X-Factor #13 (1987, February)
The issue actually starts with some backstory. It explains that, a while ago, Master Mold was imprinted with Steven Lang’s mind, and then his space station was destroyed, and he fell into the Bering Strait.
At X-Factor HQ, Scott says goodbye to the kids. Then he heads over to the hospital to check on Angel and say goodbye to Jean. In the hospital, Jean and Angel are talking, with Jean moaning about how she hurts the men around her. Angel comforts her, and Scott leaves after overhearing just a bit of it, because of course he did. Man, I am so glad this is the last we’ll see of that in this book, the whole thing with Scott overhearing and misinterpreting things between Jean and Angel. Anyway, Jean realizes he was there and rushes down to see him off before his cab leaves, giving him a kiss before sending him to look for his wife, because that’s not a mixed message at all.
A little later, Hodge goes to see Angel and tell him he’s been subpoenaed for fraud over hiding his X-Factor holdings. Angel says X-Factor would be better off if he was dead. Foreshadowing!
In Alaska, Scott finds his house for sale, and reflects that he knows about being alone. He blasts the lock off the door, and his power is detected by Master Mold. He detects it belongs to one of The Twelve. Yep, The Twelve! This is the first time we hear about this. Certainly not the last. It becomes something of a recurring subplot over the next few years, a mystery that pops up again and again, usually with some slight inconsistencies each time. When it actually ends up being resolved, it’s . . . not good. Anyway, the house is empty.
Later, he gets a call from Beast, who talks about how hectic the base is with all the new mutants. He tells Scott about all the crazy crap going on, but Scott says he needs to find Maddie. As well he should. He was a dick about abandoning her, so he should try to make things right. Meanwhile, Master Mold starts rebuilding himself from an oil rig.
Scott heads to the realty office, and is told Mr. Summers filed the paperwork to sell the house. He yells at the secretary, and a cop takes him down to the station. As he leaves the station later, another officer says there’s no computer records about Maddie and Nathan. Meanwhile, Master Mold keeps repairing itself.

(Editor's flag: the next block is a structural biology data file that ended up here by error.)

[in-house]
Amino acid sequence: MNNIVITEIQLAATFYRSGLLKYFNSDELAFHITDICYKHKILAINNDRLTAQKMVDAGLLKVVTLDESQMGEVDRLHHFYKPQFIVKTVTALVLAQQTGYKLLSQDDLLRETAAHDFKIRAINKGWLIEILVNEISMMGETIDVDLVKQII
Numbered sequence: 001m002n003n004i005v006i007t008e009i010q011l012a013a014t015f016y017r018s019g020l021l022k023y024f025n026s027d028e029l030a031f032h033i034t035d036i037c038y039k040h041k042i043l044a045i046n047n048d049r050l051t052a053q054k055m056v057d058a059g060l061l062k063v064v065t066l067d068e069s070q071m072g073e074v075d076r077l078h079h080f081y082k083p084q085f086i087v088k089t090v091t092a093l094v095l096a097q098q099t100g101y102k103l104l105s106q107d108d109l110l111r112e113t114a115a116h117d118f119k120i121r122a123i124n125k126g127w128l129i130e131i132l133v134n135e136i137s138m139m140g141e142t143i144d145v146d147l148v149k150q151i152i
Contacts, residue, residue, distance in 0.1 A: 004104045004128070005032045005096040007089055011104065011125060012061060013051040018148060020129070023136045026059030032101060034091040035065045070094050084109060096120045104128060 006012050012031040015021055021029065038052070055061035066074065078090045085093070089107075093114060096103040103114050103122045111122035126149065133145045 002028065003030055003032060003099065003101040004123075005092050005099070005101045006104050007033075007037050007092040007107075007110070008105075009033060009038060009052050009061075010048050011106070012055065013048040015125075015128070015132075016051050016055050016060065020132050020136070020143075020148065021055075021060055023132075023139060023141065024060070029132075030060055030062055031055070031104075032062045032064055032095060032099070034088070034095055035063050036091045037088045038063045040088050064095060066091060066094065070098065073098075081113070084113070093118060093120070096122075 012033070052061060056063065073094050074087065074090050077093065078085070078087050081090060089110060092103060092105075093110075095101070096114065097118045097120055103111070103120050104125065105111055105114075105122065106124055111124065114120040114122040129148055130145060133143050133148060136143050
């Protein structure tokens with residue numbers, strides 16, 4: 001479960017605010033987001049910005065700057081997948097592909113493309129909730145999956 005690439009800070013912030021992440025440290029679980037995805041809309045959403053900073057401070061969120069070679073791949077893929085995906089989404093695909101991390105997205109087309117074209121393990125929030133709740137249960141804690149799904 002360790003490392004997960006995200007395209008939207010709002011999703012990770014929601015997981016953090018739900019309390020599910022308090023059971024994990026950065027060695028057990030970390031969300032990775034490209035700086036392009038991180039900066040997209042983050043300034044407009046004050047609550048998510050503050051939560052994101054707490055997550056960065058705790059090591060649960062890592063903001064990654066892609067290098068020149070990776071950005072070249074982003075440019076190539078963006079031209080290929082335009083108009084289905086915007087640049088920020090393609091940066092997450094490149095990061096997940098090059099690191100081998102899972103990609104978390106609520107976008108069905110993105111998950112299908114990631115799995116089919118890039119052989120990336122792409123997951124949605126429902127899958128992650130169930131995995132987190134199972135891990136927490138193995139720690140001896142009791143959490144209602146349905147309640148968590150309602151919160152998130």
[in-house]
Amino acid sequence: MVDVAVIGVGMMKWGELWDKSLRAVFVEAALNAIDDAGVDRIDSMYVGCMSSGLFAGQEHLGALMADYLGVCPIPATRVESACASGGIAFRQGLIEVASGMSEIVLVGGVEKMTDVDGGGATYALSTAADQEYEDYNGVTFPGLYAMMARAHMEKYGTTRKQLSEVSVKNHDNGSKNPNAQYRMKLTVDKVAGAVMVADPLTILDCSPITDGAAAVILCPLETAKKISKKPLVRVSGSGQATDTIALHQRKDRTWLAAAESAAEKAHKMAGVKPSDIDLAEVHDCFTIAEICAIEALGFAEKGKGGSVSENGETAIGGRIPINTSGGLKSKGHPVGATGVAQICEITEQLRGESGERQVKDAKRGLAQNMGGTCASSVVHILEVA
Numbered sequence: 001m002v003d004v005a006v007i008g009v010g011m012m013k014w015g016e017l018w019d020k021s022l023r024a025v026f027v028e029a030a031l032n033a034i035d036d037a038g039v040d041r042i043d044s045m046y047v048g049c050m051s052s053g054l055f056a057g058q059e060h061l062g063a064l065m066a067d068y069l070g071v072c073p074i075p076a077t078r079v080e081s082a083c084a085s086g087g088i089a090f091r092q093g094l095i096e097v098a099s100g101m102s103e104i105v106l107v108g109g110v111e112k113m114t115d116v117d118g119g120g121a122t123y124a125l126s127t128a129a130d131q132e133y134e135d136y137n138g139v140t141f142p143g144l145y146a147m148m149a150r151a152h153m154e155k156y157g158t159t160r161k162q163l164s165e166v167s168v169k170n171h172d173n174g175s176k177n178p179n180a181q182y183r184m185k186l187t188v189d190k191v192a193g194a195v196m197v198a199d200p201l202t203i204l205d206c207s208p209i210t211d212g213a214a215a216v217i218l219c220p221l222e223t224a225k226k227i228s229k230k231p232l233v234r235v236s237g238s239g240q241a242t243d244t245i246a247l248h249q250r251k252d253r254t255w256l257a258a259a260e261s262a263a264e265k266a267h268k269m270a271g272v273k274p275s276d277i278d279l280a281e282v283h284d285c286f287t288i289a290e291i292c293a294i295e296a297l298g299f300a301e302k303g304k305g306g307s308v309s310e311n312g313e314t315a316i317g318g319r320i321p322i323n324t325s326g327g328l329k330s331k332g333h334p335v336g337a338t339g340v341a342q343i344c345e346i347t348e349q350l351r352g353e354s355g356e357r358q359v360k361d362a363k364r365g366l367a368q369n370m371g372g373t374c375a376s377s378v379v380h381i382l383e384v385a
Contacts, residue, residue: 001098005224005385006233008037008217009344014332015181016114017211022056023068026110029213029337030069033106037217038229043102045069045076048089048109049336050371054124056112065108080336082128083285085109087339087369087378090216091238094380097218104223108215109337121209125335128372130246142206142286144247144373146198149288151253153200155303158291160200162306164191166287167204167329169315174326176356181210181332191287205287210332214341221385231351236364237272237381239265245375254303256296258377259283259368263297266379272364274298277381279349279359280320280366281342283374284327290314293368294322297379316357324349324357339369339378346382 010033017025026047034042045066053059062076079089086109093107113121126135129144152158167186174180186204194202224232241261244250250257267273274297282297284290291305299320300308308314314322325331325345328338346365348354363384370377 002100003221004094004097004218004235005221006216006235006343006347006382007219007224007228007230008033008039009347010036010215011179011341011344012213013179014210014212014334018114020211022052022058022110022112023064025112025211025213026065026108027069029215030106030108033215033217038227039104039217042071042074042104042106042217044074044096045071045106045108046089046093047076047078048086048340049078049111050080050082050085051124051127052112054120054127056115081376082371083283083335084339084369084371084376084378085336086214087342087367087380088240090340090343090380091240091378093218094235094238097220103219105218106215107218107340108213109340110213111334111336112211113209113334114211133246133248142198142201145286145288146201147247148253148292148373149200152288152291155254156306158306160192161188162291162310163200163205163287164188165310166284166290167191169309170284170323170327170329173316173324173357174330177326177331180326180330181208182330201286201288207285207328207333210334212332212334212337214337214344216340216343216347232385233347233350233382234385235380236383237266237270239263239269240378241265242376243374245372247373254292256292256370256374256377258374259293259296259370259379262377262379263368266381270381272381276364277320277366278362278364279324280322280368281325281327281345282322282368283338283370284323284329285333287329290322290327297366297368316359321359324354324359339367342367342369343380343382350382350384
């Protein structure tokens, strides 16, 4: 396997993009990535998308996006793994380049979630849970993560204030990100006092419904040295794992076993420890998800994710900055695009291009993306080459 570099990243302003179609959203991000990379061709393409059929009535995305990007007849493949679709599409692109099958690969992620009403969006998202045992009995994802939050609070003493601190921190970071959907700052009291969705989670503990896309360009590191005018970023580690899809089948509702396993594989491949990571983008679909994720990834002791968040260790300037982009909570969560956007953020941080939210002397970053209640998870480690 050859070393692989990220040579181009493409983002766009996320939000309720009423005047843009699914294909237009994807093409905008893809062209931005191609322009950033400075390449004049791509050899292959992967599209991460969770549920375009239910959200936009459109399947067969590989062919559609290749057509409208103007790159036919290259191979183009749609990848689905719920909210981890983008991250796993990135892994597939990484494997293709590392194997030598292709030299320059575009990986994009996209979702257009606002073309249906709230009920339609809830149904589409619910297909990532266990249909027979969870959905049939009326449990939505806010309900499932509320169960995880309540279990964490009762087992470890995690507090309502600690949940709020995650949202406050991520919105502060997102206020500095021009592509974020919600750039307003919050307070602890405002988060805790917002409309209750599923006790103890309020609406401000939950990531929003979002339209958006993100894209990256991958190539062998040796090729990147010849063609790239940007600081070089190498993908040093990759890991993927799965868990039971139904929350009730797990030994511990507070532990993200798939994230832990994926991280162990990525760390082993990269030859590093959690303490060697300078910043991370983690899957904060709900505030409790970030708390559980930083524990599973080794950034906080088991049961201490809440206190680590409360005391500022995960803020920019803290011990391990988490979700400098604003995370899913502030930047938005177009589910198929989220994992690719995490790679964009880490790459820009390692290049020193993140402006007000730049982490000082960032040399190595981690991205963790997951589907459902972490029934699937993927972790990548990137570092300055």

Scott goes to the offices of North Star Airways. The guy working there says he has no records of a Madelyne Pryor. We also find out that the airline was bought out by a big conglomerate that kicked out all the old staff. He keeps checking around, but can’t find anything anywhere. Even the hospital has no record of his son’s birth. Which they wouldn’t, since he was born at the X-Mansion. Oops. Someone’s gone to the effort of erasing all evidence of Madelyne’s existence. As he searches through some newspaper files about the plane crash Maddie walked away from, he finds an article about the Starcore 1 crash where Jean became Phoenix. He freaks out just a little.
Later on, back at the house, he freaks out a lot. He starts blasting up the house. Maddie appears, but it’s just an hallucination, and he blasts her. He sees her turn into Phoenix, then Jean, then Phoenix again, with them saying Maddie was only ever a manifestation of the Phoenix. Even he starts to think she never existed, until one of his blasts uncovers one of the baby’s rattles.
Elsewhere, some cops find a redheaded woman washed up on shore. They think it might be Scott’s wife. And Master Mold is on his way to find and kill Scott.
This is actually a pretty interesting issue. It sets up a neat mystery, and then has Scott descend into madness. I should note that this won’t be the last of his hallucinations. Even now that he knows he didn’t just dream up Maddie, he stays a little crazy for a little longer. We also get a little more of Angel’s plot, and the repercussions of the information Mystique leaked. That plot’s pretty good, too, and is on its way to somewhere big.
Walter Simonson’s art is good. He’s a lot more restrained, compared to his Thor work. Which is probably the right way to go for this book. I’m not a big fan of his non-Thor artwork, to be honest. I don’t know what it is, but his art works on Thor in a way that it doesn’t work for me elsewhere.
Overall, this is a good issue that’s part of a fairly important ongoing plot.